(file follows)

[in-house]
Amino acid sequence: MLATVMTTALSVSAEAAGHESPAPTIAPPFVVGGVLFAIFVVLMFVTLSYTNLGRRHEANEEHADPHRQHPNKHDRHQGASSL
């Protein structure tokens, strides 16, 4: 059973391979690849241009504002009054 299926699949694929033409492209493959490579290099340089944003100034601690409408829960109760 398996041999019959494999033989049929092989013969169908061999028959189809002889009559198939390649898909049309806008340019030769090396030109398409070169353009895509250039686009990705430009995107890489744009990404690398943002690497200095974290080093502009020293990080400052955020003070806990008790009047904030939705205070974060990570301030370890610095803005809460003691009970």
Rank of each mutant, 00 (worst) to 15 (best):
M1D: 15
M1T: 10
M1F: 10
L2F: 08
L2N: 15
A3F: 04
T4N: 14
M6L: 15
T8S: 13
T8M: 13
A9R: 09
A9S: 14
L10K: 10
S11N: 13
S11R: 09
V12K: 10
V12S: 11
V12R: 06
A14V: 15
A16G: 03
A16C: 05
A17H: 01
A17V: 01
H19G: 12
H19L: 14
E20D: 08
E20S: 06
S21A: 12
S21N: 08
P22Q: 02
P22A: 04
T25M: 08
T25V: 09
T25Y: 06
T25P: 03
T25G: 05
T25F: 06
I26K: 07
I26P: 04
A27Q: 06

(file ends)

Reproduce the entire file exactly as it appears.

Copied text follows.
[in-house]
Amino acid sequence: MLATVMTTALSVSAEAAGHESPAPTIAPPFVVGGVLFAIFVVLMFVTLSYTNLGRRHEANEEHADPHRQHPNKHDRHQGASSL
């Protein structure tokens, strides 16, 4: 059973391979690849241009504002009054 299926699949694929033409492209493959490579290099340089944003100034601690409408829960109760 398996041999019959494999033989049929092989013969169908061999028959189809002889009559198939390649898909049309806008340019030769090396030109398409070169353009895509250039686009990705430009995107890489744009990404690398943002690497200095974290080093502009020293990080400052955020003070806990008790009047904030939705205070974060990570301030370890610095803005809460003691009970």
Rank of each mutant, 00 (worst) to 15 (best):
M1D: 15
M1T: 10
M1F: 10
L2F: 08
L2N: 15
A3F: 04
T4N: 14
M6L: 15
T8S: 13
T8M: 13
A9R: 09
A9S: 14
L10K: 10
S11N: 13
S11R: 09
V12K: 10
V12S: 11
V12R: 06
A14V: 15
A16G: 03
A16C: 05
A17H: 01
A17V: 01
H19G: 12
H19L: 14
E20D: 08
E20S: 06
S21A: 12
S21N: 08
P22Q: 02
P22A: 04
T25M: 08
T25V: 09
T25Y: 06
T25P: 03
T25G: 05
T25F: 06
I26K: 07
I26P: 04
A27Q: 06